Initially, the Court had to address Broker's motion for judgment on the pleadings. Broker argued that Jafrum's claims were barred by the statute of limitations. The Court granted Broker's motion as to the Catlin policy and the first Sentinel policy because those policies were procured more than three years before Jafrum sued Broker. However, the Court let stand Jafrum's claims as to the second Sentinel policy (delivered in 2012) because it found there were issues of fact on when Jafrum's claim accrued. Specifically, the Court noted that the accrual date is when Jafrum “discovered, or ought to have discovered, through reasonable diligence that its insurance policies did not include coverage for trademark infringement. This question is fact bound, and thus inappropriate for resolution on a motion for judgment on the pleadings.”
The statute of limitations issue was revisited after discovery concluded, and the parties filed cross-motions for summary judgment. Jafrum contended that Broker was negligent as a matter of law by not advising Jafrum that Broker did not procure the requested intellectual property coverage. Jafrum argued that it could not have known that Broker breached its fiduciary duty until Jafrum was sued for trademark infringement in 2014 and submitted the claim to the insurance carriers. Broker's response was that it did not breach any duties because Jafrum had ample opportunity to review the policies and determine what coverage it had. Jafrum's CEO admitted that he skimmed the Sentinel policy, but he did not read the entire document. He did not become aware that the policy excluded coverage for trademark and copyright infringement until after Jafrum was sued. Further, the evidence showed that Jafrum never made a specific request for Broker to procure trademark infringement coverage in connection with the 2012 renewal. Broker also disclaimed any implied duty to advise Jafrum on coverage because no “special relationship” existed between them.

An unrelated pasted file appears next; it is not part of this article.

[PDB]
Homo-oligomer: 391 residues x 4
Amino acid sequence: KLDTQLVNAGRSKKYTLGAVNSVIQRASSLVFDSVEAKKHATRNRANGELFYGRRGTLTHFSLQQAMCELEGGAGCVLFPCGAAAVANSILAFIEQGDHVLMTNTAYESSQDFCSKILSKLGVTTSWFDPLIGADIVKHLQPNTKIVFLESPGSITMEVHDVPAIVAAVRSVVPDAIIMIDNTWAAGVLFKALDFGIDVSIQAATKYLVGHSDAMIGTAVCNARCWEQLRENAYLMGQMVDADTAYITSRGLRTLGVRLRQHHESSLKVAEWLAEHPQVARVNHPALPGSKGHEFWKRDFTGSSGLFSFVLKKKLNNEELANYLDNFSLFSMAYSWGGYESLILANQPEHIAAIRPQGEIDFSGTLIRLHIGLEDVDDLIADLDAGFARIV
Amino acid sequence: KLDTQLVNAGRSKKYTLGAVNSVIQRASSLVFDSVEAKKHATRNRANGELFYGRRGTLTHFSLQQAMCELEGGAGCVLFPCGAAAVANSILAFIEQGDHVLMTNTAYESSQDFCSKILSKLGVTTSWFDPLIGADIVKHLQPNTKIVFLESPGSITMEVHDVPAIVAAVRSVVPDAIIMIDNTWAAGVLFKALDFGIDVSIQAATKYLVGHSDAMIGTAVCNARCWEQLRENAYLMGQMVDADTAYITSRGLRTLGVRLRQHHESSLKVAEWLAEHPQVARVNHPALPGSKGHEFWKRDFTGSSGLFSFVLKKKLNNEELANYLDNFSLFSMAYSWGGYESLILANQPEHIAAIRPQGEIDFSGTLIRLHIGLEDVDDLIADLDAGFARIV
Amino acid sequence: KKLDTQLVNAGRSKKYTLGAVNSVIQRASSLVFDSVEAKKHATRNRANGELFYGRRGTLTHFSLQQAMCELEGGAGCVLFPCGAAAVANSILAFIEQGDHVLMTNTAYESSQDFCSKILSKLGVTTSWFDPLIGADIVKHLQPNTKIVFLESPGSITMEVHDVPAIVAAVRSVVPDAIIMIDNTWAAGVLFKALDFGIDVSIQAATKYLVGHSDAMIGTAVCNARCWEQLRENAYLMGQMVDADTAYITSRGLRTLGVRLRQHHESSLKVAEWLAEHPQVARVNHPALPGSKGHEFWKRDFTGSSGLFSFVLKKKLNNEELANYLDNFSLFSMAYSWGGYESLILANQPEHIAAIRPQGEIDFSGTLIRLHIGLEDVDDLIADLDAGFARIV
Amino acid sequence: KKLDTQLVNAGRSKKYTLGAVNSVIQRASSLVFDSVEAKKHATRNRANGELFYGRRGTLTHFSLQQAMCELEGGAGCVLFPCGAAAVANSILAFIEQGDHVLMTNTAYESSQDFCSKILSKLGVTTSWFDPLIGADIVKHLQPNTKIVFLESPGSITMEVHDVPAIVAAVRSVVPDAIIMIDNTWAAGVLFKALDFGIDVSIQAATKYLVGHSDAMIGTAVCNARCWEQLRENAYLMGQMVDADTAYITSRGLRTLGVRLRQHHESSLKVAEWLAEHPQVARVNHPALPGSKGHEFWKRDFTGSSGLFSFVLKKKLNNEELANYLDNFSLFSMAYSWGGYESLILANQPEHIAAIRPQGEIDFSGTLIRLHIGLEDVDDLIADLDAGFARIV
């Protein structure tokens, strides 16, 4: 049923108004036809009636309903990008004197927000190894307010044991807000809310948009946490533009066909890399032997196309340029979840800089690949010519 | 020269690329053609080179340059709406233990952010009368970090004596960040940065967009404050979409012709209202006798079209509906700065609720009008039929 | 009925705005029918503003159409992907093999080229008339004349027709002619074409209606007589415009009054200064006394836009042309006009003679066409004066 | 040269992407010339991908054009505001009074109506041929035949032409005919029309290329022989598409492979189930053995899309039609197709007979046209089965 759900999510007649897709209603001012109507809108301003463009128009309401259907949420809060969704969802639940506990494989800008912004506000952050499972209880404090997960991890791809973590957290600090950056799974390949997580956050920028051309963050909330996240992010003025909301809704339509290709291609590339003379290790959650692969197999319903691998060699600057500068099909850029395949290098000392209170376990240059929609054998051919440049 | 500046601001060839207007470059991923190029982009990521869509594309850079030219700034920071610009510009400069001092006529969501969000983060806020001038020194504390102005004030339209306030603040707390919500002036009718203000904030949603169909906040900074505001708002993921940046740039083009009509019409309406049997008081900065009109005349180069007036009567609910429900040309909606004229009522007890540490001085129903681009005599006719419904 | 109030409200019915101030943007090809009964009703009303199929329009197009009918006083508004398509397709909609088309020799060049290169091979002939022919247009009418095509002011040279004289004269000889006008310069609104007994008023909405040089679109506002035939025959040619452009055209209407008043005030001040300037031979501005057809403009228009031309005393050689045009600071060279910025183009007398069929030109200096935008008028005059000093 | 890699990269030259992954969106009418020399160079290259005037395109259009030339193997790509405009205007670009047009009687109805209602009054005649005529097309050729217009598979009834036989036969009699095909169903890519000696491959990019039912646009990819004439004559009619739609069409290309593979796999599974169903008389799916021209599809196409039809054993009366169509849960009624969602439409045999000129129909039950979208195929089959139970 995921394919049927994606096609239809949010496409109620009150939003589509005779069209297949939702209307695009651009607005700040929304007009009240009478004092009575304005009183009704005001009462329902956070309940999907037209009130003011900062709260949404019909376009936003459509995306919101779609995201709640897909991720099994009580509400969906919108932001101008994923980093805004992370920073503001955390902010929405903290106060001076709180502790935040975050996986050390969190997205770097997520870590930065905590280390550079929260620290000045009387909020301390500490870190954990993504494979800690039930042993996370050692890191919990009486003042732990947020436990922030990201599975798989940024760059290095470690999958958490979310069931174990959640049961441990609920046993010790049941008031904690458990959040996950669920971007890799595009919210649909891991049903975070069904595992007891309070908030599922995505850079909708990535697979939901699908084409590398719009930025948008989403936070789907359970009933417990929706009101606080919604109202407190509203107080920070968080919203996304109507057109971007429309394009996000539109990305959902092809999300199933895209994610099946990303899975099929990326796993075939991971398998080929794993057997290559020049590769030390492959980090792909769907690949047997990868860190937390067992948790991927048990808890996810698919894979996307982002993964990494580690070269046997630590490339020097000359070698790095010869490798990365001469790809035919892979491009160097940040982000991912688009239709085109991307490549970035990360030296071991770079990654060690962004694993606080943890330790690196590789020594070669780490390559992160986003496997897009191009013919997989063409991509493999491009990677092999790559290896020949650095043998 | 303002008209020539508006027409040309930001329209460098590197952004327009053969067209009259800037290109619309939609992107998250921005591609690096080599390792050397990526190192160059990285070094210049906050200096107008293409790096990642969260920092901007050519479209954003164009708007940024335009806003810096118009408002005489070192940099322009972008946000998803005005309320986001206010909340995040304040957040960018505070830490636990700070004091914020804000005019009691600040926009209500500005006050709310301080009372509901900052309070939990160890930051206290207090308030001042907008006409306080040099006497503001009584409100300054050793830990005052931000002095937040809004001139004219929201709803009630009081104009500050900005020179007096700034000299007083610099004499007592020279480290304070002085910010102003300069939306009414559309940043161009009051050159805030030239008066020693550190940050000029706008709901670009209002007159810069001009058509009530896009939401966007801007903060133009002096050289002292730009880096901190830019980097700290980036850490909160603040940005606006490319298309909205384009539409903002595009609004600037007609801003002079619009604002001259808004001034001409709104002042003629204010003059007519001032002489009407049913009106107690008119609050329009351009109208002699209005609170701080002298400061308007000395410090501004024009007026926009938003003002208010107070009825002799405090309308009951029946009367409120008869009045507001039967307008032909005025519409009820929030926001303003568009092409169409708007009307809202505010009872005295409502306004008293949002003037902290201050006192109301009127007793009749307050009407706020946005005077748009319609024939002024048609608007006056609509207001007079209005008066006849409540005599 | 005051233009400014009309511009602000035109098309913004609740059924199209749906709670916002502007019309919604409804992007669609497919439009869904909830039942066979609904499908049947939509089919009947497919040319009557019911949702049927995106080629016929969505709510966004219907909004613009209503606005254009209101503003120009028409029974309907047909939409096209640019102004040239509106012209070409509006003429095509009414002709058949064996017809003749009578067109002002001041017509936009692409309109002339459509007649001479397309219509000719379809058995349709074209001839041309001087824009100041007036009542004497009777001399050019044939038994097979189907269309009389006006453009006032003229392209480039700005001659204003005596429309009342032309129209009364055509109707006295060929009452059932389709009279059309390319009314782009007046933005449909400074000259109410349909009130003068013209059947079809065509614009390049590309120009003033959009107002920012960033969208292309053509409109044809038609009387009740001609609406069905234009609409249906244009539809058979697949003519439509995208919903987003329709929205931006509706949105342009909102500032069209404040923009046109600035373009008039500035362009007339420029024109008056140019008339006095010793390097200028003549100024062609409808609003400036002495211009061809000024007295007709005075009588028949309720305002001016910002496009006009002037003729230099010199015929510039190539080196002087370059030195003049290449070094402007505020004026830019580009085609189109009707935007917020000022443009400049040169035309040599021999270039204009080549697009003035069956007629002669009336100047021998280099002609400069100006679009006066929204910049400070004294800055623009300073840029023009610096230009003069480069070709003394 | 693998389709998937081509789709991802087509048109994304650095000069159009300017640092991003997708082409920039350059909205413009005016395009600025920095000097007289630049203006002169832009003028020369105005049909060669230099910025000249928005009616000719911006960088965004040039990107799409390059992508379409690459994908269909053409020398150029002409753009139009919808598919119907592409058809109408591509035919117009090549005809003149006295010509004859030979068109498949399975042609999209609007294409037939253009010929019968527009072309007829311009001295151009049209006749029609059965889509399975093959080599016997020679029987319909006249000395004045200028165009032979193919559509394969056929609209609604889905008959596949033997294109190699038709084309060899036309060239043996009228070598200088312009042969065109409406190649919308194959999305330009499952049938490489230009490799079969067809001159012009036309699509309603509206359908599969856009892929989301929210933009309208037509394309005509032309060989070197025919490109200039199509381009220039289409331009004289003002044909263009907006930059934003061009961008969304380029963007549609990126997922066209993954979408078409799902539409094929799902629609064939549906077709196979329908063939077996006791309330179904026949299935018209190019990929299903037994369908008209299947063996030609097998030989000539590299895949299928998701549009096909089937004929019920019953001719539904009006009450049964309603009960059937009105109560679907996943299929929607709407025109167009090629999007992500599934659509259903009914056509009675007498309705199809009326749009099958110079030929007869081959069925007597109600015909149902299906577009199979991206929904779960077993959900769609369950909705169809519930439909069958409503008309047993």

Magistrate Judge Keesler recommended that Jafrum's motion for summary judgment on the breach of fiduciary duty claim be denied. He found there were issues of fact on whether Jafrum had acted with “reasonable diligence” or “reasonable prudence.” In addition, he found contradictory factual evidence on whether Jafrum had requested Broker to procure policies that covered trademark infringement. However, Judge Keesler recommended granting Broker's motion for summary judgment on Jafrum's negligence claim. The Court found that the evidence showed that Jafrum did not request trademark infringement insurance during the applicable statute of limitations period; consequently, Jafrum's claim for negligence was time-barred. The Court denied Broker's motion for summary judgment on the fiduciary duty claim, finding that there were issues of disputed fact that a jury should determine.